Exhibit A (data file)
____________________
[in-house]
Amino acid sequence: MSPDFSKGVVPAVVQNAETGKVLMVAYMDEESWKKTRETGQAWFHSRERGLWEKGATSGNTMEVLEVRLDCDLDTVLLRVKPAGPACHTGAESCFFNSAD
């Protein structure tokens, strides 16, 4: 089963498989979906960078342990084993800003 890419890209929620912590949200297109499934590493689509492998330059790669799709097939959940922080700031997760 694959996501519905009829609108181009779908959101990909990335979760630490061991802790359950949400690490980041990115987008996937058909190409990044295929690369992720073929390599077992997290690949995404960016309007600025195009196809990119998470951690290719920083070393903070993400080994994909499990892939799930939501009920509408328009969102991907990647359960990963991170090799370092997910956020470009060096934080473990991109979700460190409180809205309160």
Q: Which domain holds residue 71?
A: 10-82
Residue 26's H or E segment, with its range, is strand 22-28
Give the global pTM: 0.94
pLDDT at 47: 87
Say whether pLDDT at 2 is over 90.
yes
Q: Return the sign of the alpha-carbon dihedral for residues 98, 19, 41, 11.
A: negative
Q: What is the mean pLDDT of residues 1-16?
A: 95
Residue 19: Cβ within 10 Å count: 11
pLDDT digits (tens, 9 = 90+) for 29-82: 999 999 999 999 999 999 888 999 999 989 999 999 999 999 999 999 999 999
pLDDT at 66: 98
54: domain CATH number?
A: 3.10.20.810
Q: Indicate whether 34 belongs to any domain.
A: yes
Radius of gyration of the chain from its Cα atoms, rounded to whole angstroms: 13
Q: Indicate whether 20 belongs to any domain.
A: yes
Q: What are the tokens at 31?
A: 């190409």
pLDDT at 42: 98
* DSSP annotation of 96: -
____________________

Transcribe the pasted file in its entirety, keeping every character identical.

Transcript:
[in-house]
Amino acid sequence: MSPDFSKGVVPAVVQNAETGKVLMVAYMDEESWKKTRETGQAWFHSRERGLWEKGATSGNTMEVLEVRLDCDLDTVLLRVKPAGPACHTGAESCFFNSAD
């Protein structure tokens, strides 16, 4: 089963498989979906960078342990084993800003 890419890209929620912590949200297109499934590493689509492998330059790669799709097939959940922080700031997760 694959996501519905009829609108181009779908959101990909990335979760630490061991802790359950949400690490980041990115987008996937058909190409990044295929690369992720073929390599077992997290690949995404960016309007600025195009196809990119998470951690290719920083070393903070993400080994994909499990892939799930939501009920509408328009969102991907990647359960990963991170090799370092997910956020470009060096934080473990991109979700460190409180809205309160």
Q: Which domain holds residue 71?
A: 10-82
Residue 26's H or E segment, with its range, is strand 22-28
Give the global pTM: 0.94
pLDDT at 47: 87
Say whether pLDDT at 2 is over 90.
yes
Q: Return the sign of the alpha-carbon dihedral for residues 98, 19, 41, 11.
A: negative
Q: What is the mean pLDDT of residues 1-16?
A: 95
Residue 19: Cβ within 10 Å count: 11
pLDDT digits (tens, 9 = 90+) for 29-82: 999 999 999 999 999 999 888 999 999 989 999 999 999 999 999 999 999 999
pLDDT at 66: 98
54: domain CATH number?
A: 3.10.20.810
Q: Indicate whether 34 belongs to any domain.
A: yes
Radius of gyration of the chain from its Cα atoms, rounded to whole angstroms: 13
Q: Indicate whether 20 belongs to any domain.
A: yes
Q: What are the tokens at 31?
A: 């190409």
pLDDT at 42: 98
* DSSP annotation of 96: -